Customizing Chart Colors

By default, the color selection uses the following colors:

dec_creating_dashboard_charts_005.png

The keyword palette configures the default color palette used for banner segment colors in charts and pie slices. Color codes follow the standard hexadecimal character format without the preceding hash (#) per code. When a chart needs more colors than specified, the coloring will restart from the beginning.

palette <color> <color> …

Note: Hexadecimal characters should NOT be prefixed with a hash (#) when referenced in the dashboard editor, as the system will interpret any text following the hash as a comment.

Example:

chart Gender of Respondents
  rows Q1.r1-r2
  palette FFA0FA 47BEFF

dec_creating_dashboard_charts_006.png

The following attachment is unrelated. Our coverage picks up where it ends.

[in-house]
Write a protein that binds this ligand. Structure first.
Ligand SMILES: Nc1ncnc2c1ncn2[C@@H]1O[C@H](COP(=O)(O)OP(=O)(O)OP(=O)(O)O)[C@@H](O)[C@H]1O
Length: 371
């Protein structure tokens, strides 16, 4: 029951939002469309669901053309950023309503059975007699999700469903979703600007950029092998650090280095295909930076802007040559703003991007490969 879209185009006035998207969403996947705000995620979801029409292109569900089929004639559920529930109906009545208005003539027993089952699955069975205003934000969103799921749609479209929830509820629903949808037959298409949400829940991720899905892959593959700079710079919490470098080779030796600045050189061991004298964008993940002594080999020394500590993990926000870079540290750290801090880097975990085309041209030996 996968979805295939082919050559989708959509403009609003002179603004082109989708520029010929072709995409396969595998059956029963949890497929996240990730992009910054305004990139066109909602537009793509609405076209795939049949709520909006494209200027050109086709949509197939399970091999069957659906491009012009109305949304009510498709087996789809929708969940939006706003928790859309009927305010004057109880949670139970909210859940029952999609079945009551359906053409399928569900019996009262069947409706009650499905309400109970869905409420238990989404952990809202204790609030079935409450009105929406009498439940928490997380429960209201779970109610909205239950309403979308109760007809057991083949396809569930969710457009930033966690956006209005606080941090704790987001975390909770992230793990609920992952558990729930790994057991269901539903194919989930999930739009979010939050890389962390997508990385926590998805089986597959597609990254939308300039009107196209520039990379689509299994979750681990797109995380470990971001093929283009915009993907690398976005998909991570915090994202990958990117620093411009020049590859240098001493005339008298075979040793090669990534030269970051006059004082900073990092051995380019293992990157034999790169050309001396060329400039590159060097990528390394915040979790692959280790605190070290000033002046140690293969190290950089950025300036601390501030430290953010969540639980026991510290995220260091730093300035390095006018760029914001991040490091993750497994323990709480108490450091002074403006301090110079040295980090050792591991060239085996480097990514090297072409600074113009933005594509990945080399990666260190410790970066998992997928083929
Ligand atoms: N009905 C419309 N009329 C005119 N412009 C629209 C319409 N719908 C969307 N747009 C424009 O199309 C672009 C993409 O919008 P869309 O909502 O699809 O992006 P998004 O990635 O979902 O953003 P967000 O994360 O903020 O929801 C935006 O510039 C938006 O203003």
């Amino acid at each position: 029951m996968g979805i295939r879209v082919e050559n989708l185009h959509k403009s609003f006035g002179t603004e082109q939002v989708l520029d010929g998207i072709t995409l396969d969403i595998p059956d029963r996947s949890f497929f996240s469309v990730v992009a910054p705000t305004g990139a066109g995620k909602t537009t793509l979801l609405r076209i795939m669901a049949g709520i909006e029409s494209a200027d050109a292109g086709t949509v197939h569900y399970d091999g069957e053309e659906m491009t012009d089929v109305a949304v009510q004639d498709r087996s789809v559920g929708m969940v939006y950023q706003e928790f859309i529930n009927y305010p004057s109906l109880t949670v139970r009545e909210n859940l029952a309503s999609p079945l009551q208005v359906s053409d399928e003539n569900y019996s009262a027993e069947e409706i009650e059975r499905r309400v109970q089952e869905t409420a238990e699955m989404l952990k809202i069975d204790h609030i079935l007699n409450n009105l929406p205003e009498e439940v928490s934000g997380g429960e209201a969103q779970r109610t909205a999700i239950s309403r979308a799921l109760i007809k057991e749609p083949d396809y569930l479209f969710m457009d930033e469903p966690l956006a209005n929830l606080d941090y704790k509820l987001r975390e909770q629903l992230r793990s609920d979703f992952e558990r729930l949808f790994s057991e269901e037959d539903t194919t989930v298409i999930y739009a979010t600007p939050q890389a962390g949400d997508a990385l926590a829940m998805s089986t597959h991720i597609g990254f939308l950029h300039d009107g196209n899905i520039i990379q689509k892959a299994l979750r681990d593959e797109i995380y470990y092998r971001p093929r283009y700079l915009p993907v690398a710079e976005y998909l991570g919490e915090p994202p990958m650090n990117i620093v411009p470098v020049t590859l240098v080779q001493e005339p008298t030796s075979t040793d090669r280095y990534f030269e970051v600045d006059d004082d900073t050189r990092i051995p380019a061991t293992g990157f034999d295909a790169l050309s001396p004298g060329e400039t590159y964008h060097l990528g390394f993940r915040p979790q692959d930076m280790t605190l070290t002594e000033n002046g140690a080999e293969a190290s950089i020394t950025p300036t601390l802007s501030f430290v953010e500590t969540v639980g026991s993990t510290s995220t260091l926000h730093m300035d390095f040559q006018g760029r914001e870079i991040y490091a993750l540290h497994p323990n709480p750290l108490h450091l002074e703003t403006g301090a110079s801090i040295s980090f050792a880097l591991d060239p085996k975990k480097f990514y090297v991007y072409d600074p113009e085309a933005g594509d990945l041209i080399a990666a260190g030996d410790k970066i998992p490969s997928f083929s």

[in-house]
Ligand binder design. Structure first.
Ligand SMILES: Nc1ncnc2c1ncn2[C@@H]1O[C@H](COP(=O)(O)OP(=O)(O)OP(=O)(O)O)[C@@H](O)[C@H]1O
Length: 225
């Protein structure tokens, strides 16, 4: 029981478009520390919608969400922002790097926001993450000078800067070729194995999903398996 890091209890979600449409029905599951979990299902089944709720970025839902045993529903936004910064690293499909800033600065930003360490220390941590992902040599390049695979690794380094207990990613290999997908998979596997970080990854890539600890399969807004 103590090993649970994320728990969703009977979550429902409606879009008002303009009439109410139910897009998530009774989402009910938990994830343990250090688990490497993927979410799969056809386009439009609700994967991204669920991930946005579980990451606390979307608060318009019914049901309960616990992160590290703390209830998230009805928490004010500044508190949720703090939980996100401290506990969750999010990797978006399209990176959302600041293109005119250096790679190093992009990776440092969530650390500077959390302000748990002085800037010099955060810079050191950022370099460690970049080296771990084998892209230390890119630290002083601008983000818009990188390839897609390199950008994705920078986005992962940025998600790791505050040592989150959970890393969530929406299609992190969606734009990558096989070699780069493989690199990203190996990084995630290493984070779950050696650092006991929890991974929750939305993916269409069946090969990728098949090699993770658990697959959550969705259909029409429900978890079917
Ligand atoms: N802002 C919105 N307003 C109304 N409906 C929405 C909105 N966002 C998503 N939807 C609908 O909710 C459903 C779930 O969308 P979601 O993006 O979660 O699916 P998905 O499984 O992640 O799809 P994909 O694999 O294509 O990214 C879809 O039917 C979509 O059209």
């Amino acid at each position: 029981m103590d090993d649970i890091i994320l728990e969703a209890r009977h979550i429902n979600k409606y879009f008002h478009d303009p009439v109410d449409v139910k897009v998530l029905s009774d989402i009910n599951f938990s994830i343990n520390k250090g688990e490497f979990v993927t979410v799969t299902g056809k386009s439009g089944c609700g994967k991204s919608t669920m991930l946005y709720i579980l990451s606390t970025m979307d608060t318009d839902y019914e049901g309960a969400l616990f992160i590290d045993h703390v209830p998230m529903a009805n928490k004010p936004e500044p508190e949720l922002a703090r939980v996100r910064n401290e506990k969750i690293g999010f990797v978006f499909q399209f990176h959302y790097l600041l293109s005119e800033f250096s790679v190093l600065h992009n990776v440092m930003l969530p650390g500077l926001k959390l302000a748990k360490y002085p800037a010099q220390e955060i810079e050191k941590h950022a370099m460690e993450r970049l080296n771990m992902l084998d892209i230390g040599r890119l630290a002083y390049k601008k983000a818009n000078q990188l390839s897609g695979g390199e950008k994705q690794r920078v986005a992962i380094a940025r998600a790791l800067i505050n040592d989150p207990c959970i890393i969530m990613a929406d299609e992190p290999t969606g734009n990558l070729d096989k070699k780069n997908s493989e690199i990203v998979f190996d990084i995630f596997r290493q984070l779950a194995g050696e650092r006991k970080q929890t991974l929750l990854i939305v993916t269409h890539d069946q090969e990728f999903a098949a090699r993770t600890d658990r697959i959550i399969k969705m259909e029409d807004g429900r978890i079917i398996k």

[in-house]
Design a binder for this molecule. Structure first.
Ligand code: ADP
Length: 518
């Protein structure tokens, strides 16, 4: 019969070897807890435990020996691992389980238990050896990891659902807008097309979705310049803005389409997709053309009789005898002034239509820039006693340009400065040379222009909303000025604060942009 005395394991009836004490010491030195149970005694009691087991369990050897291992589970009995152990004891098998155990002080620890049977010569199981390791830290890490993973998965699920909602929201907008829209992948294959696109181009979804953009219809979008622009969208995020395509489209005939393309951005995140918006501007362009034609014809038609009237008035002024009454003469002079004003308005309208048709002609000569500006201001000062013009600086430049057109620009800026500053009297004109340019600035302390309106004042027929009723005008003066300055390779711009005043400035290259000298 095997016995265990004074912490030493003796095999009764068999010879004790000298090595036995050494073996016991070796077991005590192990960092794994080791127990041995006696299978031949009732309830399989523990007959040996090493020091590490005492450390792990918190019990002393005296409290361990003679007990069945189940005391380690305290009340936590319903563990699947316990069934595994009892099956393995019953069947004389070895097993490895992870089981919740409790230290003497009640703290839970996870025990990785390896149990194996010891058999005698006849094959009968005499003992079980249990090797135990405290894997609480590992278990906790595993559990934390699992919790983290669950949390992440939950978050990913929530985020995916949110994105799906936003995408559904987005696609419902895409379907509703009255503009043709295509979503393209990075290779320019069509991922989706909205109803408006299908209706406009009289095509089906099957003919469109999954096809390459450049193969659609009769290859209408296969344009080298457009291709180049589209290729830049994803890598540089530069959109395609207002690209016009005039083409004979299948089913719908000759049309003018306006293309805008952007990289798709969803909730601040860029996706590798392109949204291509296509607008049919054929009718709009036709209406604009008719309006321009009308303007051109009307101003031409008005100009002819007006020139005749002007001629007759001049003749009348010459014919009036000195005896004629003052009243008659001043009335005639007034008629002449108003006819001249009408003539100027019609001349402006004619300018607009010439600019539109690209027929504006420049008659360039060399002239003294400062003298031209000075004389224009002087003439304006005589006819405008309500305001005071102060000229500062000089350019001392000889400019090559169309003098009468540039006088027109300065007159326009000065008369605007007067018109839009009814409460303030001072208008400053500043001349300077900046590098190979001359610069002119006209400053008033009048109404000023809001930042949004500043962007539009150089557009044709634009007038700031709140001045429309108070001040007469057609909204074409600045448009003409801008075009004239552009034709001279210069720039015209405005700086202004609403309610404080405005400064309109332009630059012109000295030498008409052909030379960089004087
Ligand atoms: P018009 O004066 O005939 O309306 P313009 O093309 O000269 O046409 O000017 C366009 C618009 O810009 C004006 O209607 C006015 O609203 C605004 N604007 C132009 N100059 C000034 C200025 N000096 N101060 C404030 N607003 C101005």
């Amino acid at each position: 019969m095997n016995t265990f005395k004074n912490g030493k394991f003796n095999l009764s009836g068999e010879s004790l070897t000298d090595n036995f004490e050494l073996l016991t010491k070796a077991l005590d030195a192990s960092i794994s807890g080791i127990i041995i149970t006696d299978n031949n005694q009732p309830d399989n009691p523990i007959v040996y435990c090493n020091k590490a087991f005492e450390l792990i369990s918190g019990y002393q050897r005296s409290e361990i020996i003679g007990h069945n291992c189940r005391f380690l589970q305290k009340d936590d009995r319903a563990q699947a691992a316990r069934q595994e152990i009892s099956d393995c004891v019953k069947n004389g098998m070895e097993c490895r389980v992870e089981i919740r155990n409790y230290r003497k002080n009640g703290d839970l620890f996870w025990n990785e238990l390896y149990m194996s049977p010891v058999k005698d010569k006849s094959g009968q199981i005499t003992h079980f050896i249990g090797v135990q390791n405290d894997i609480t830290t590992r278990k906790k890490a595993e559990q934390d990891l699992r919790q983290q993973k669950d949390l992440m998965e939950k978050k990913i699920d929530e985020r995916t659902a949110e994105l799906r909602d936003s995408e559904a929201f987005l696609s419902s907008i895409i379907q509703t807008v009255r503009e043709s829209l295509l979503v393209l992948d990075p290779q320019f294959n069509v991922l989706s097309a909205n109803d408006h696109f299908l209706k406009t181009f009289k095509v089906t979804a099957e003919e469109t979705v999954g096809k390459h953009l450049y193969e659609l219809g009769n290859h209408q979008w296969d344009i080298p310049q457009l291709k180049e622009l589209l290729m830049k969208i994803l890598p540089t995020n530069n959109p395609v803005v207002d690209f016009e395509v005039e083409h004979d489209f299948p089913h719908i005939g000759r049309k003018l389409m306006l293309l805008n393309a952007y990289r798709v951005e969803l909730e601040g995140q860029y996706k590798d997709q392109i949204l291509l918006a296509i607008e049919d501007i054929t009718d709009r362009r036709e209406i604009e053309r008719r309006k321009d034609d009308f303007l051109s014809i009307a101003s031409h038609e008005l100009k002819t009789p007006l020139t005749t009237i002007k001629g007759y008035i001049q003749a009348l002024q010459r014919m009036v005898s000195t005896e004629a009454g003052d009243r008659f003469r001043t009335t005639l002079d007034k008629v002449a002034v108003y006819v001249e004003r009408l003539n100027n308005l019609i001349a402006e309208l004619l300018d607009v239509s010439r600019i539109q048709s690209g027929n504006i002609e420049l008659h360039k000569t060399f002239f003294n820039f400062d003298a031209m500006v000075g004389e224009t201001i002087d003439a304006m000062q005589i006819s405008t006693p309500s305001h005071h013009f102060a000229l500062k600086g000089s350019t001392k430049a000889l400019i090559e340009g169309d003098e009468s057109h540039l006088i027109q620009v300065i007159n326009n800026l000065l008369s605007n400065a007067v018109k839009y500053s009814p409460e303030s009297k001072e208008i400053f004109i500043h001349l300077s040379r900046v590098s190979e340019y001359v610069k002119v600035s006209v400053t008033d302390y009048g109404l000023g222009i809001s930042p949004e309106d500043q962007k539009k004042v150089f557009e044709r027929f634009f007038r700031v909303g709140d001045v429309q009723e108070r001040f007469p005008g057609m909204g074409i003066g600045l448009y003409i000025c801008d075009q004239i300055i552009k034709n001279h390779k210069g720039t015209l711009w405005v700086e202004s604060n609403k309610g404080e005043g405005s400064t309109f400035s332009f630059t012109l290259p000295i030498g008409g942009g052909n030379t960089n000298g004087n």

Note: The palette system can use up to 10 colors as arguments.

Creating Charts Based on 2D Questions

Note: Creating charts for two-dimensional questions uses the dashboard banner functionality. Click here to learn more about banners.

It is possible to display a grid question within a single chart. To create this display, you would use the conds attribute on each row you would like to include and define multiple conditions for these rows that correspond to each segment of the chart.

Example:

If you wanted to view the data for a rating question evaluating your service’s “availability”, ”speed”, and ”stability”, you will need to use the following steps:

Creating the Chart Rows

When creating charts based on grid questions, the first thing you need to do is define your chart rows. For 2D questions, you need to define your rows based on the question’s columns, even if that may be counterintuitive. The reason for this is that you need to specify each explicit intersection between the rows and columns of your grid, to count the individual cells that respondents can select.